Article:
In our review #0000003 this week, we discussed the tussle of Alibaba & Didi over Ofo, a Silicon Valley venture capitalist on why the startups need to learn from China, and how South Korea’s potential ban of cryptocurrency exchanges might dent the bitcoin markets.
For the full newsletter, you can read it directly here with our host’s main commentary on why Tencent will beat Facebook in the long term where we examined Tencent’s competitive advantage against Facebook with multiple monetisation models and if you are new to our newsletter, you can subscribe here.
Here are the interesting news for the past week dated 15 Jan 2018:
Inside Alibaba & Didi’s tussle over a multi-billion startup (Ofo) by Juro Osawa & Yunan Zhang in The Information (requires subscription)
Summary: Alibaba wants Didi to relinquish Ofo financing veto.
My Perspective: Here’s an interesting data point which I have heard from investors & people operating startups in this space that bikesharing companies such as Ofo and Mobike has removed Didi’s dominance in traveling distances between 0-3 kilometers, i.e. Chinese customers prefer to ride a bicycle than take a short subsidised cab ride. If you are in Didi’s shoes, you invest to learn about the customer acquisition, and hence if they threaten you, you have no choice to set up your own bikesharing platform. Of course, if Ofo and Mobike consolidate like what happened to the ride hailing apps, then Didi can use its big war chest to buy them out. The moral of the story is that one should not use the lessons from the last war to fight this one. Another interesting coverage & worth a read by my friend Eva Xiao in Tech in Asia discussed how Meituan-Dianping of the TMD axis are now entering Didi’s space.
Silicon Valley would be wise to follow China’s lead by Mike Moritz, partner of Sequoia Capital in Financial Times (FT) (requires subscription)
Summary: The work ethic in Chinese tech companies far outpaces their US rivals.
My Perspective: In the 1980s, the same was said about how Japanese workers have worked long hours and beat the US automotive industries. Yet, by the 1990s, these long hours conversations have disappeared when US companies are dominant again. The narrative is that China’s 9-9-6 mentality is on the ascendance at the moment and to educate, it means in any China company, you work from 9 am to 9 pm and 6 days a week. This will become the prevailing narrative for corporations to impose on their workers. Remember, in Silicon Valley in 1990s to 2000s, we have the 9-9-7 mentality, and guess what, they have evolved to work-life balance now. Ultimately, working long hours has nothing to do with productivity but being smart with efficiency does.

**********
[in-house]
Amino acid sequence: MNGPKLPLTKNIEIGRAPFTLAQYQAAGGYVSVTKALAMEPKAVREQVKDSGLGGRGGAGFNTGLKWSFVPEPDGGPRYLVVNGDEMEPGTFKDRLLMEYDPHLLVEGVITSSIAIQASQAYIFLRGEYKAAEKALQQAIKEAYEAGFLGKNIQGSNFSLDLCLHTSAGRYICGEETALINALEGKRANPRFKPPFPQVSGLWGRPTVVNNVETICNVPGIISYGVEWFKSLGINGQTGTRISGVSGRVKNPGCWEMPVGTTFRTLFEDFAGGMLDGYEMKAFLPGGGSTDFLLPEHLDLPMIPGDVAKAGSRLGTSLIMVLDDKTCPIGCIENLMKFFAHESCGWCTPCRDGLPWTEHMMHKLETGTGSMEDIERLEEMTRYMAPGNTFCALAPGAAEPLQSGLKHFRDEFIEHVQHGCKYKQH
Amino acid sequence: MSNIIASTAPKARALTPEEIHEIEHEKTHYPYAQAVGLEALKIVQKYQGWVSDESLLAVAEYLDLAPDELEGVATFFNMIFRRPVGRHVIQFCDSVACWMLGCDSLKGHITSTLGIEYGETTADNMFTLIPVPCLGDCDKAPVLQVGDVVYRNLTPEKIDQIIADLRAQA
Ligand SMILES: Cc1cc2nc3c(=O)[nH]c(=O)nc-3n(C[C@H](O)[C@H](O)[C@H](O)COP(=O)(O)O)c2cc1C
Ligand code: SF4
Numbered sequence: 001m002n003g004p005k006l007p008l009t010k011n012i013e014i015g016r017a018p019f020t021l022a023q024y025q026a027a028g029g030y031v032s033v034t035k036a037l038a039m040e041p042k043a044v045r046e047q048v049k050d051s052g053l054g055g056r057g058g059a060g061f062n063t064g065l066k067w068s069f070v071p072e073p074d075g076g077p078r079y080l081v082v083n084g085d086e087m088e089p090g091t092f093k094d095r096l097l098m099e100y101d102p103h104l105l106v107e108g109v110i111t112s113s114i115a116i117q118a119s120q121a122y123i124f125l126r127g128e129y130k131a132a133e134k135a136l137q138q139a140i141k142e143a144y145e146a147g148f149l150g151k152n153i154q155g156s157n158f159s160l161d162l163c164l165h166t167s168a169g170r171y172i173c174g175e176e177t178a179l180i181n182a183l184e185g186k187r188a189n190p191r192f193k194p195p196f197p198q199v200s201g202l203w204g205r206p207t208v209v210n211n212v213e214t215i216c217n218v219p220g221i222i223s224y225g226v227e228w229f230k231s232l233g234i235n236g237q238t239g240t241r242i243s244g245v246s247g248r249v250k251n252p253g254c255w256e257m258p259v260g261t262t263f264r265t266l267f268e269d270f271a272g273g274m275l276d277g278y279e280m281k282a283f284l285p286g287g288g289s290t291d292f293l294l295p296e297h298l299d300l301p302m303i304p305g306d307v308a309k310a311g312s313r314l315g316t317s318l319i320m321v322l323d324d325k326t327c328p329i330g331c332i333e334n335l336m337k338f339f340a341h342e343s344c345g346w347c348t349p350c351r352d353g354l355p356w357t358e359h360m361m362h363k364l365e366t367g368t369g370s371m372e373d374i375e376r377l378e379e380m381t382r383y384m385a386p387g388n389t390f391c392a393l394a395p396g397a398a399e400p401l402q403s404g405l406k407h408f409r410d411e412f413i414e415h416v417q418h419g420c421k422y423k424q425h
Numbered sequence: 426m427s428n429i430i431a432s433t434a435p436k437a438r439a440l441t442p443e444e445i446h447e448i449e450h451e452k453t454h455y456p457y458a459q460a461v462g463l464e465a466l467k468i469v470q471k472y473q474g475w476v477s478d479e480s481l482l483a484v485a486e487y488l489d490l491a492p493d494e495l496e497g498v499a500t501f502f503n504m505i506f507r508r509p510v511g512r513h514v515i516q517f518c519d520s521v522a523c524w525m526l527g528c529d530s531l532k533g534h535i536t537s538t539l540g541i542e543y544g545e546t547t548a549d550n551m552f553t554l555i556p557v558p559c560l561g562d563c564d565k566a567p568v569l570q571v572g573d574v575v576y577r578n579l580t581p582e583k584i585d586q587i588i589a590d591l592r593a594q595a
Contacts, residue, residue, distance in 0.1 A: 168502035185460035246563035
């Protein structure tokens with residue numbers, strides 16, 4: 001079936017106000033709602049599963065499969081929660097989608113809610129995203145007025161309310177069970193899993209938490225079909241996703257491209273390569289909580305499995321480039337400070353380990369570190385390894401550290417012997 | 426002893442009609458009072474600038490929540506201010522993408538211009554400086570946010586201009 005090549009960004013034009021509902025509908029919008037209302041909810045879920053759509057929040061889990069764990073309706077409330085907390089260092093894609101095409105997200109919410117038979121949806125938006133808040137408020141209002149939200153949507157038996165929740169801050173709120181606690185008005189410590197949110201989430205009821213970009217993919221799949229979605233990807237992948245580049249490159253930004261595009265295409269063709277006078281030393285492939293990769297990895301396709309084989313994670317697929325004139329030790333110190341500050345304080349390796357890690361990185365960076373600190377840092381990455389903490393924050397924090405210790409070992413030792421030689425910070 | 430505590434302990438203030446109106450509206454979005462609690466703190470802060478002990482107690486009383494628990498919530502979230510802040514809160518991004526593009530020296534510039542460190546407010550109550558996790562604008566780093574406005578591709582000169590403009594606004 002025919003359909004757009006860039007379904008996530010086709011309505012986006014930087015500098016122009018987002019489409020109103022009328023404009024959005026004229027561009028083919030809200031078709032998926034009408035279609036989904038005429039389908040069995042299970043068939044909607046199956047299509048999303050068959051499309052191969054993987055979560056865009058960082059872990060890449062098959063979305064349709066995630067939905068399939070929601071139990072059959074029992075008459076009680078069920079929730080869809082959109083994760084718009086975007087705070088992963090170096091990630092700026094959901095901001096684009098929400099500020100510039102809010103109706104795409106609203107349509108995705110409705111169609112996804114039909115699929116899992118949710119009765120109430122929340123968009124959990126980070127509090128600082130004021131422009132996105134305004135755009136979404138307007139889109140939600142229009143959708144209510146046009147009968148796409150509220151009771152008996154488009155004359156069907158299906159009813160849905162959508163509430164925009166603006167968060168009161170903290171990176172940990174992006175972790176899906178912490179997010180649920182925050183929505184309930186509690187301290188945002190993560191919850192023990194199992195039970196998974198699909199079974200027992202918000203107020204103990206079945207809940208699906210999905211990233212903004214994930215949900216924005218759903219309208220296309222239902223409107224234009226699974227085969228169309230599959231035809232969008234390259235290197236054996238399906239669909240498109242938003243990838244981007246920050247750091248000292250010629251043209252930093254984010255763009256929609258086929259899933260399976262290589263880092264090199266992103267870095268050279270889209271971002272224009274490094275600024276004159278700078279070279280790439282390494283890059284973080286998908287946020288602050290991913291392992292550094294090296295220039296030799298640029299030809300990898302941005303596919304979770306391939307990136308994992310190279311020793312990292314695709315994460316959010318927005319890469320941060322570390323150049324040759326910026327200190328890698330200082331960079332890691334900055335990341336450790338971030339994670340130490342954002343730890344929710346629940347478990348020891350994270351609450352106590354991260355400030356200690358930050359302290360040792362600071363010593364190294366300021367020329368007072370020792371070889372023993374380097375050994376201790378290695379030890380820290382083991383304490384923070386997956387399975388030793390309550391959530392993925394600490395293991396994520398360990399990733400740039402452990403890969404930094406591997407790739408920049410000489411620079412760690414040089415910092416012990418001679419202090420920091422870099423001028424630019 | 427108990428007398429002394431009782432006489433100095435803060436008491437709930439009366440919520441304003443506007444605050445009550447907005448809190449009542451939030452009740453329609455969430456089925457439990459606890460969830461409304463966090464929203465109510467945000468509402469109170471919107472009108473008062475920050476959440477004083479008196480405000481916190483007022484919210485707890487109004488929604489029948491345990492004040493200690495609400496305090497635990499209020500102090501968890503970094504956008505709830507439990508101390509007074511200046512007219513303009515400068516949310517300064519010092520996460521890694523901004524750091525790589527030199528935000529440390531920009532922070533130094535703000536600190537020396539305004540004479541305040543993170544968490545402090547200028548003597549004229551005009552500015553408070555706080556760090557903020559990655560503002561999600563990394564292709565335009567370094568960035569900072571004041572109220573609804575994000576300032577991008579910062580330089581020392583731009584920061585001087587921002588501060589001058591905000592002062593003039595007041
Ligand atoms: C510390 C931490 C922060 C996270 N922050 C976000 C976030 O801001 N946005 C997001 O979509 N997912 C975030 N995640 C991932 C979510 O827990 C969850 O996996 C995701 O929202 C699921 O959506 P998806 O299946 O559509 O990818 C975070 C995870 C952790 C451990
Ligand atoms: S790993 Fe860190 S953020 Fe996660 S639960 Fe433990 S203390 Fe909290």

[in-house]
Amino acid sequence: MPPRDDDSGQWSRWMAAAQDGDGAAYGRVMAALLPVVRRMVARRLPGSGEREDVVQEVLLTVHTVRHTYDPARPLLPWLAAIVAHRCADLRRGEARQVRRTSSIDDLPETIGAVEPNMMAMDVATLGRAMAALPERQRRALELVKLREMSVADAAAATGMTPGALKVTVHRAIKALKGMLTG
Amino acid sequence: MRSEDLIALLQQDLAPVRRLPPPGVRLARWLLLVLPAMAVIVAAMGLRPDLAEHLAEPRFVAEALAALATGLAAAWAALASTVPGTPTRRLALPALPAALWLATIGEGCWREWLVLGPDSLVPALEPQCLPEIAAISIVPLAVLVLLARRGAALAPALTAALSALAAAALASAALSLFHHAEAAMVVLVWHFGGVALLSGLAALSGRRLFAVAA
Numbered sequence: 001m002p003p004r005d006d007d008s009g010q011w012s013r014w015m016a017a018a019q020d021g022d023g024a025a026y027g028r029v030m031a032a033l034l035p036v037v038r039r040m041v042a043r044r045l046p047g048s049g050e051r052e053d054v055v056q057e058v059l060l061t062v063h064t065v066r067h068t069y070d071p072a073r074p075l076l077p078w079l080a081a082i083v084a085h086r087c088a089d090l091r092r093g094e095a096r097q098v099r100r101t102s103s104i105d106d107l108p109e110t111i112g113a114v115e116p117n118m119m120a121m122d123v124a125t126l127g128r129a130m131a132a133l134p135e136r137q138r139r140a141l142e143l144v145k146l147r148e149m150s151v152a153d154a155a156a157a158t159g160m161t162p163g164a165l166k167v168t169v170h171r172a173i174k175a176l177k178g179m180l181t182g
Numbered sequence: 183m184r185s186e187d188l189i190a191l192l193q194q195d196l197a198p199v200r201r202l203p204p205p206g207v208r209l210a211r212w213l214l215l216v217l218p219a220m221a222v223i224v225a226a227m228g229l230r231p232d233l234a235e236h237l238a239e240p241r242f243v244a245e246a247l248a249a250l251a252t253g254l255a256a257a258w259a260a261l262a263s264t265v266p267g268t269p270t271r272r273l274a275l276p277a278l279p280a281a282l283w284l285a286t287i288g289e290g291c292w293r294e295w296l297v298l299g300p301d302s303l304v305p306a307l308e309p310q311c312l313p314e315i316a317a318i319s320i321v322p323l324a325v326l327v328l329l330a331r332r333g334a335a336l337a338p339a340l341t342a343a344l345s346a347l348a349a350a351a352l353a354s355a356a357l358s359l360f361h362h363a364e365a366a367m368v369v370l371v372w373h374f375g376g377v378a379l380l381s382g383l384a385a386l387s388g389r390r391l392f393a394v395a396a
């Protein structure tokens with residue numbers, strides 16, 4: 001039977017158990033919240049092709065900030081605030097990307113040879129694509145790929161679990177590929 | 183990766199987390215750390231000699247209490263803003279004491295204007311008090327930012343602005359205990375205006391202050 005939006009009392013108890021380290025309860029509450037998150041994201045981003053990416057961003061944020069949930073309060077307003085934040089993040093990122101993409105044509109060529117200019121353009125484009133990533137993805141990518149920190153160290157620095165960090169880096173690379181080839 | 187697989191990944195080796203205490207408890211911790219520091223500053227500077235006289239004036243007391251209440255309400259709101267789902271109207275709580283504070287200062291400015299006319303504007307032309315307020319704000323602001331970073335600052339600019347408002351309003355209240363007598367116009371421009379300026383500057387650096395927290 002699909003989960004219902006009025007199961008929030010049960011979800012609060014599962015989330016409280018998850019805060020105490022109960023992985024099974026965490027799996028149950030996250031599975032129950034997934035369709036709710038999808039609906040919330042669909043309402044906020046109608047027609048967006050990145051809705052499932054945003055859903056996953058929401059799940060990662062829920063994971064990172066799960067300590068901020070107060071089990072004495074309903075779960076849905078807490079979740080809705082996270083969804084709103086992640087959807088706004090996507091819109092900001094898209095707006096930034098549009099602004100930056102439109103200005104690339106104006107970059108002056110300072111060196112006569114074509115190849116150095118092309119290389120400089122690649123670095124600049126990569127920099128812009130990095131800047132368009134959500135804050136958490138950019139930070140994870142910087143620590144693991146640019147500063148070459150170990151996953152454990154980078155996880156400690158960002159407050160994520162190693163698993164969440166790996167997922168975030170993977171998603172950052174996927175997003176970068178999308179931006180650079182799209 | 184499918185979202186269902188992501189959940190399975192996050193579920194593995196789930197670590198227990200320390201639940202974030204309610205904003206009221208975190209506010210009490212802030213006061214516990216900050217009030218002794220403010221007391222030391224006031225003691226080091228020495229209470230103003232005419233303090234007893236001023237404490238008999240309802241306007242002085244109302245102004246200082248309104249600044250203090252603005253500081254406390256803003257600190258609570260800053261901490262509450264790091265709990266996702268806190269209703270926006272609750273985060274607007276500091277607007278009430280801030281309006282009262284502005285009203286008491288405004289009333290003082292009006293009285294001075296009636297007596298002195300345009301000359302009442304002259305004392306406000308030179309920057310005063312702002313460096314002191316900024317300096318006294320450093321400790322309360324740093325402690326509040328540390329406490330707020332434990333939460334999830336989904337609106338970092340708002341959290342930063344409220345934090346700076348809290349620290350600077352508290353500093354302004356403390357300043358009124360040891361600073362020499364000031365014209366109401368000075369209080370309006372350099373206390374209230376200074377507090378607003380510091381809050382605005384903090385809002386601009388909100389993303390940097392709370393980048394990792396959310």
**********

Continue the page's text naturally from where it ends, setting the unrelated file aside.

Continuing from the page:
China’s Netflix to seek at least US$8B in IPO by Lulu Yilun Chen from Bloomberg
Summary: IQiyi’s said to be targeting a valuation of up to $10 billion & note that it’s owned by Baidu.
My Perspective: With a partnership with Netflix and Baidu’s backing, it will be interesting to watch how IQiyi will evolve when it goes public. At the start of this year, we have heard Xiaomi, IQiyi and a string of Chinese companies rumored planning to go public (for example, Meituan-Dianping who denied that they are). With the looming trade war between US and China, the question is whether some of them might switch from NYSE to HKSE, subject to dual class shares being a consideration.
South Korea says planned ban on cryptocurrency not yet finalized in Reuters
Summary: South Korea said on Monday that its plans to ban virtual coin exchanges had not yet been finalised as government agencies were still in talks to decide how to regulate the market.
My Perspective: Recently, most major cryptocurrencies are suffering a major fall in prices. It is fuelled by China’s determined stance to ban ICOs and shut down cryptocurrency exchanges and subtle efforts to force the bitcoin miners to move out of China. It is important to understand why China and South Korea want to do this. Mainly the governments want to protect retail investors from being burnt in the process. The current prices of most cryptocurrencies are definitely shifting towards bubble territory. Full disclosure that I have traded in cryptocurrencies but I have an understanding to how the technology works. I won’t recommend anyone to trade cryptocurrencies if you do not know anything about the technology & philosophy behind them. My view is that the blockchain technologies powering the cryptocurrencies are the real deal in the long run. We are just at the beginning of the dot com boom with the URLs being snatched by traders and speculators at the moment.
Tencent, Alibaba take e-wallet wars to Southeast Asia in Nikkei Asia Review (requires subscription)
Summary: WeChat pay to launch Malaysian currency service, Alipay partners locals brands.
My Perspective: A great summary of the partnerships which both Tencent and Alibaba are engaging in the payments and e-wallets front in Southeast Asia, but strangely missed out Singapore where NETS used to be the partner for Alipay but that will change to Tencent. What is missing in the whole payment wars, is data so far. I have been checking around for data on payment transactions across the market for Alipay and Wechat pay but not much has popped up since.